Skip to main content

SCOTUS Punts in Case of Baker Who Refused to Make Wedding Cake for Same-Sex Couple


The United States Supreme Court on Monday remanded down to the lower court for reconsideration a case in which the owner of a bakery refused to make a wedding cake for a same-sex couple.

The Oregon case involved a married couple, bakers Melissa Klein and Aaron Klein, who were forced to pay a $135,000 judgment to a lesbian couple for declining to bake them a cake for their upcoming wedding. The justices tossed out a 2017 opinion from the Oregon Court of Appeals that upheld a $135,000 judgment against the bakery, Sweetcakes by Melissa, ordering the appellate court to reconsider the case in light of last year’s Supreme Court ruling in Masterpiece Cakeshop v. Colorado.

In Masterpiece Cakeshop, the court ruled in favor of the bakery owner who refused to make a cake for a same-sex couple. The Masterpiece decision, however, was very narrow, finding that the Colorado Civil Rights Commission had shown improper animus toward the baker’s religion. Narrow decisions refer to decisions based on facts very specific to the case and are generally not broadly applicable to similar fact patterns.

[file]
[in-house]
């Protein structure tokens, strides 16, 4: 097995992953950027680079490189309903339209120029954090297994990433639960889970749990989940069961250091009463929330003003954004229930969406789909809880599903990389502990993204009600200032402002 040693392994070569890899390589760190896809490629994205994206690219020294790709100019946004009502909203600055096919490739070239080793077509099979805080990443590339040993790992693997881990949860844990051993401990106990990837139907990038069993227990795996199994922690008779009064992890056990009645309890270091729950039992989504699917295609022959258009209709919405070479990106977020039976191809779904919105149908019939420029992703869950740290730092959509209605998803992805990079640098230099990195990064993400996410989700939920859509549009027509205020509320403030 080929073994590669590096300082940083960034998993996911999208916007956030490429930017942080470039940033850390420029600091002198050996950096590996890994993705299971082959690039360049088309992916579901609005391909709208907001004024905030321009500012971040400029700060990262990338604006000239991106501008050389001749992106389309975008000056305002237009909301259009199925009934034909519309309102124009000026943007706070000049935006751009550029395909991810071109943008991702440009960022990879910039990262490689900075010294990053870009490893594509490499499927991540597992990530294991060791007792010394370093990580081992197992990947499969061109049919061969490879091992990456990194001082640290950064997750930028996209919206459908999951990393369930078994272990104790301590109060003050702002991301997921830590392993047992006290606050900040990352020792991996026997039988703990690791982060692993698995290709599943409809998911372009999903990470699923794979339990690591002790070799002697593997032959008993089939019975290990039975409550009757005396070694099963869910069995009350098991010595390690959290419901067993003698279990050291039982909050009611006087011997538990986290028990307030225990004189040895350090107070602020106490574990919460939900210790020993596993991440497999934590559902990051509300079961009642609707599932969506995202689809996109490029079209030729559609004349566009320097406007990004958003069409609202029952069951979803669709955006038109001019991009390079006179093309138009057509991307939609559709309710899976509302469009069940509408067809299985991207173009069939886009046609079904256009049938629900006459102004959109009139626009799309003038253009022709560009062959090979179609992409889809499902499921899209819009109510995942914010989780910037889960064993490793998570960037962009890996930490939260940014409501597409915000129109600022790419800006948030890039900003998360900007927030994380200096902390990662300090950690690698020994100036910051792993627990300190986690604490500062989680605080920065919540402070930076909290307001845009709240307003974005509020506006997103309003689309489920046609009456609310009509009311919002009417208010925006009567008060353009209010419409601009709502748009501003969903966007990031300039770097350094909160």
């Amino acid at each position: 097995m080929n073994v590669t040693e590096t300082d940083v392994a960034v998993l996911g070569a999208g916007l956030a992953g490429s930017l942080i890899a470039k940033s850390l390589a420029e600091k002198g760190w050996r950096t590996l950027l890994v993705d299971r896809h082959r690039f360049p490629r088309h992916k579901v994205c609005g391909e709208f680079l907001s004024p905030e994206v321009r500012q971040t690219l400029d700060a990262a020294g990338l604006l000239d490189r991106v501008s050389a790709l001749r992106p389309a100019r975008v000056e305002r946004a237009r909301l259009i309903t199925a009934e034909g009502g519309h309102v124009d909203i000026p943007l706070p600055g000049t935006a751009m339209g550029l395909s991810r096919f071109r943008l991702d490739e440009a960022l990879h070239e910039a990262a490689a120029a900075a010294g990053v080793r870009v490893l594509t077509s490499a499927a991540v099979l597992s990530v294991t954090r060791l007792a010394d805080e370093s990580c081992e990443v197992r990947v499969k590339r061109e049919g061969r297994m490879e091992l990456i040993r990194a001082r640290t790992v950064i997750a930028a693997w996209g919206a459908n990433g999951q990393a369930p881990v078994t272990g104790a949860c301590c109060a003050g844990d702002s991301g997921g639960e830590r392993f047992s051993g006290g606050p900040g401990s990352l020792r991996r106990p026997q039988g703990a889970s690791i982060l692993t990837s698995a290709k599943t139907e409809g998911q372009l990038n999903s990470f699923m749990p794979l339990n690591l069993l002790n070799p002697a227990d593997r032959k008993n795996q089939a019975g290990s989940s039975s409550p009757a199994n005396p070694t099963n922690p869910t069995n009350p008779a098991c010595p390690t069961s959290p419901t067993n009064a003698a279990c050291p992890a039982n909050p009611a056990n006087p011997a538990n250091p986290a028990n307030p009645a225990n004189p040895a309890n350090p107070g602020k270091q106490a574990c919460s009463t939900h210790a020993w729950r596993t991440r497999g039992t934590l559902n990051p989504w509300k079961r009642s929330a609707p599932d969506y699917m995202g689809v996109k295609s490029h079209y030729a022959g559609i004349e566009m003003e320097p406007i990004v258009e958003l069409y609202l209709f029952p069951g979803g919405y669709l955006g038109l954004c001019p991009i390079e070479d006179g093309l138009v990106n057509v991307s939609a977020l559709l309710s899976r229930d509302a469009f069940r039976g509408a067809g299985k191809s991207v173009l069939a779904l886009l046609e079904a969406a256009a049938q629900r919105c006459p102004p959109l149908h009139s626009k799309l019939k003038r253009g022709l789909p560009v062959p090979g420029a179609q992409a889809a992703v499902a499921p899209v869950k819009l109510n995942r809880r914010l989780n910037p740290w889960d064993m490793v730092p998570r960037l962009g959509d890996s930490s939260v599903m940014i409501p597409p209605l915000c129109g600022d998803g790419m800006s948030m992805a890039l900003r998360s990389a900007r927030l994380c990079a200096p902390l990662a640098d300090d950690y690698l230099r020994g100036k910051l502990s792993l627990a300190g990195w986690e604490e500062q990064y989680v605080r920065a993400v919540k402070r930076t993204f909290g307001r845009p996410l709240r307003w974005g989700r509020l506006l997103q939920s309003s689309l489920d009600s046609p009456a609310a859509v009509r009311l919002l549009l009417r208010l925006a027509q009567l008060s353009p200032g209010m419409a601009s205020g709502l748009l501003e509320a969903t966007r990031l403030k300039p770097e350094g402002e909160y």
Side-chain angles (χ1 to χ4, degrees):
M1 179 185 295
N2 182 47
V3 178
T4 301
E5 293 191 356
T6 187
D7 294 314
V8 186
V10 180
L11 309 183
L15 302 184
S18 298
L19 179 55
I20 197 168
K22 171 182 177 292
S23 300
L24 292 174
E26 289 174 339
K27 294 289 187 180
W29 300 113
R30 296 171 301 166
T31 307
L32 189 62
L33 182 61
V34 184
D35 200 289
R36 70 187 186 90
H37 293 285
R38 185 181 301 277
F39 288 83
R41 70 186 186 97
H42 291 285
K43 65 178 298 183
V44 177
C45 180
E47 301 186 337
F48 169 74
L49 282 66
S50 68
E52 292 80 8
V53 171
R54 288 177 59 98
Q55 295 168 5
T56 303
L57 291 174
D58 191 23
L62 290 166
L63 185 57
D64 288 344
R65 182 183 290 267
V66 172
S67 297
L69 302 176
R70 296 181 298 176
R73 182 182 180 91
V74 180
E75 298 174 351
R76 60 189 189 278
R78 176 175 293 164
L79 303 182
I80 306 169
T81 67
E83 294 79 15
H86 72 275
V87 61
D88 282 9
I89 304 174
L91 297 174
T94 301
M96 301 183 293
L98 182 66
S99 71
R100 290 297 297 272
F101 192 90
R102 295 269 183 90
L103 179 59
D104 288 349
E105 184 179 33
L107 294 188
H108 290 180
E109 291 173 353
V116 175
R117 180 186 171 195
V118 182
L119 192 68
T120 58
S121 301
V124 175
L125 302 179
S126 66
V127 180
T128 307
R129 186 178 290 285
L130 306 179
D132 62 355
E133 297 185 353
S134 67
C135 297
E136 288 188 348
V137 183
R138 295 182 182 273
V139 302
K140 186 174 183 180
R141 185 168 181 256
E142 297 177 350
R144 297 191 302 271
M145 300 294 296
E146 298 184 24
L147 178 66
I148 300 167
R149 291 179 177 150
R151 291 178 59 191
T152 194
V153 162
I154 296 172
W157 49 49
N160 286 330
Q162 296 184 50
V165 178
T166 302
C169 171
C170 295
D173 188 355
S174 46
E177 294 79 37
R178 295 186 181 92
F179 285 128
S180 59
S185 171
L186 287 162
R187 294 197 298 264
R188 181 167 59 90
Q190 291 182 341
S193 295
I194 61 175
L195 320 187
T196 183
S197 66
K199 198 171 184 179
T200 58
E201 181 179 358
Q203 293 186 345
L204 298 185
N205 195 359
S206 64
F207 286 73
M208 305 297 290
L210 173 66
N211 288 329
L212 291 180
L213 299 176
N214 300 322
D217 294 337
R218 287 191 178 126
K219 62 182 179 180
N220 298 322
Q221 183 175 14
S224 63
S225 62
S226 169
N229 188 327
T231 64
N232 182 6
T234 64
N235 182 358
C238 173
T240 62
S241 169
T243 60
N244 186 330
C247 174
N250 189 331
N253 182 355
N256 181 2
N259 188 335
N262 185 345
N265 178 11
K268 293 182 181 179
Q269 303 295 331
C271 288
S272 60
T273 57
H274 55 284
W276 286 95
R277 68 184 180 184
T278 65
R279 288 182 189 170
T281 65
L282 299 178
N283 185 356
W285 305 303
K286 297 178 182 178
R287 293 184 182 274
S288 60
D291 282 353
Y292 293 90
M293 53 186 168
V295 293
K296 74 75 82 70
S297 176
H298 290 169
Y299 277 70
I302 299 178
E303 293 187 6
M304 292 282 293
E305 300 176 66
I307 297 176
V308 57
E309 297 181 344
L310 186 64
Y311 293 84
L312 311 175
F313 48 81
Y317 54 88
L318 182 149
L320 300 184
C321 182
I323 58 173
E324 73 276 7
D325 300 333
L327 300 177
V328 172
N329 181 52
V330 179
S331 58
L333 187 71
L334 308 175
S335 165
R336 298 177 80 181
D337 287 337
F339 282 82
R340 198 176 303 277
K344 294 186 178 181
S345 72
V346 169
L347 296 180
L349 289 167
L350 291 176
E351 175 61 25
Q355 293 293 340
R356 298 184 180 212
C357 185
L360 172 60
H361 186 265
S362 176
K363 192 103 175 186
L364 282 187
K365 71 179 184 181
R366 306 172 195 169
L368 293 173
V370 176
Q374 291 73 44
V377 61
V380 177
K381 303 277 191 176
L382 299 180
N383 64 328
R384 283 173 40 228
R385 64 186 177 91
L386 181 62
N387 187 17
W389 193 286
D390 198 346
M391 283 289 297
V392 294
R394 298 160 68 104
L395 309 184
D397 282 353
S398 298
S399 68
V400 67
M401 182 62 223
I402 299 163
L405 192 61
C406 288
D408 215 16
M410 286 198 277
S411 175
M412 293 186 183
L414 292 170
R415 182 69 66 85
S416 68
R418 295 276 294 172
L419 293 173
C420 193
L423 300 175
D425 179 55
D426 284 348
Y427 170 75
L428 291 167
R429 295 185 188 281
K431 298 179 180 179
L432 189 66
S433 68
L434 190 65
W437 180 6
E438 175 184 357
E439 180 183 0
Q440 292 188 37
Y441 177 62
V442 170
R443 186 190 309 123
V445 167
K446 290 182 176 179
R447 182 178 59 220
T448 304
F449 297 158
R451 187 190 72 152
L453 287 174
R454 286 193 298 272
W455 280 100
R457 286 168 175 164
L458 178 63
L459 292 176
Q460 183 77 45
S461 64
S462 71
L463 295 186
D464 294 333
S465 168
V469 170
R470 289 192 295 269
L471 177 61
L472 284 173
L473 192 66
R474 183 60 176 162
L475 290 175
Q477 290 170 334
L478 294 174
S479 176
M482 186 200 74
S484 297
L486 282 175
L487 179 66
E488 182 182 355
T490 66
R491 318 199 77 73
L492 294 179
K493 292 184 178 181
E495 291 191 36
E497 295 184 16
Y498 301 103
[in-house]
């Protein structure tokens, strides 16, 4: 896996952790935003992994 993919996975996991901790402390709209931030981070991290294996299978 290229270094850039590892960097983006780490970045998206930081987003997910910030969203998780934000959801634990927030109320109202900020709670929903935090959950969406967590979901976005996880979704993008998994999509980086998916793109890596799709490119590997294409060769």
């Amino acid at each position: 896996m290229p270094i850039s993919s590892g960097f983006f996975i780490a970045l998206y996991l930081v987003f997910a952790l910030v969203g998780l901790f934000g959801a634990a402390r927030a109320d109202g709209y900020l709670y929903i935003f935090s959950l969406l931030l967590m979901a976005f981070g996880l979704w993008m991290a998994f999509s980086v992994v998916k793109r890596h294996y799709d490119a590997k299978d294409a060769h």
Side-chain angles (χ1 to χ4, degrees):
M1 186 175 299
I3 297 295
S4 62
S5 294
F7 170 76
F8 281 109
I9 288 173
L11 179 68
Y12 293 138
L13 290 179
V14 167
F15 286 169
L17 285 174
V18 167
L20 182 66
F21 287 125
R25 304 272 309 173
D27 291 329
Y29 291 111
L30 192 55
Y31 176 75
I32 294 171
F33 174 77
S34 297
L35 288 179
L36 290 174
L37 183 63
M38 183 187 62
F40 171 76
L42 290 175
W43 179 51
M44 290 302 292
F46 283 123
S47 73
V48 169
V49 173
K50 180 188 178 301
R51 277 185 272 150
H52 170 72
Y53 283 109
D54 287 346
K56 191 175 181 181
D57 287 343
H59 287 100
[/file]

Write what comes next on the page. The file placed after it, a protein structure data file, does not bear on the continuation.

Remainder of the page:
Monday’s order marked another instance where the justices declined to offer an opinion on how to properly weigh the rights of LGTBQ people against the rights of religious objectors. The court, though, will likely be faced with another decision on whether to hear a strikingly similar case in the next term. The justices last year remanded back to the appellate court a case in which a Washington state florist had allegedly discriminated against a same-sex couple. The justices ordered the appellate court to determine whether the previous courts had treated the case fairly.

Earlier this month, the Washington Supreme Court ruled against the florist, Arlene’s Flowers, in upholding the lower court’s decision.

The ruling held that the state courts “did not act with religious animus when they ruled that the florist and her corporation violated the Washington Law Against Discrimination […] by declining to sell wedding flowers to a gay couple, and they did not act with religious animus when they ruled that such discrimination is not privileged or excused by the United States Constitution or the Washington Constitution.”

The florist, represented by the Christian conservative group Alliance Defending Freedom, promised to again present the case to the Supreme Court for a decision on the merits.

[Image via SAUL LOEB/AFP/Getty Images]

Have a tip we should know? [email protected]

Filed Under:

Follow Law&Crime:

Jerry Lambe is a journalist at Law&Crime. He is a graduate of Georgetown University and New York Law School and previously worked in financial securities compliance and Civil Rights employment law.